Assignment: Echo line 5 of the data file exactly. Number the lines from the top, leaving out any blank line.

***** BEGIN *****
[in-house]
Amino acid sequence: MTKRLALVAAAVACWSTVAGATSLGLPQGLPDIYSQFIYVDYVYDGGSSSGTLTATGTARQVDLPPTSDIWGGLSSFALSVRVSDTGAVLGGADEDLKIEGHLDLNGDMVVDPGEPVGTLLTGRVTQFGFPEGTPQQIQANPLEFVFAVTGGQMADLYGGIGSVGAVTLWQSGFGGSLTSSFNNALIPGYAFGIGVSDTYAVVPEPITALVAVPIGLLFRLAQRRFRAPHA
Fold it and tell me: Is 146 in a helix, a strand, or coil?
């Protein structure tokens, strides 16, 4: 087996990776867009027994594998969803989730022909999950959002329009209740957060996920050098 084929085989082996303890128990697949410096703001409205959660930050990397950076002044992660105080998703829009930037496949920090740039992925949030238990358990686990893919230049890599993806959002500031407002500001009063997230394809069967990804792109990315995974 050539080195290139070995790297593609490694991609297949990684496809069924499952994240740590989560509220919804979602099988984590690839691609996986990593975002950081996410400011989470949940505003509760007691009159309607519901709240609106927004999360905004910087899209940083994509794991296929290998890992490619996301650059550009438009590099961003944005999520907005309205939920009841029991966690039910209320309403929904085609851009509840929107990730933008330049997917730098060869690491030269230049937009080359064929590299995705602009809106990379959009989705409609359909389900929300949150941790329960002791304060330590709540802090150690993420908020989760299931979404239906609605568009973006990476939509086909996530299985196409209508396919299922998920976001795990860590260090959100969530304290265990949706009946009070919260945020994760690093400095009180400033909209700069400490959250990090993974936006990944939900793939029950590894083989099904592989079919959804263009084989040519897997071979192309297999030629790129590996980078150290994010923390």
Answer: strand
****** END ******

Answer: strand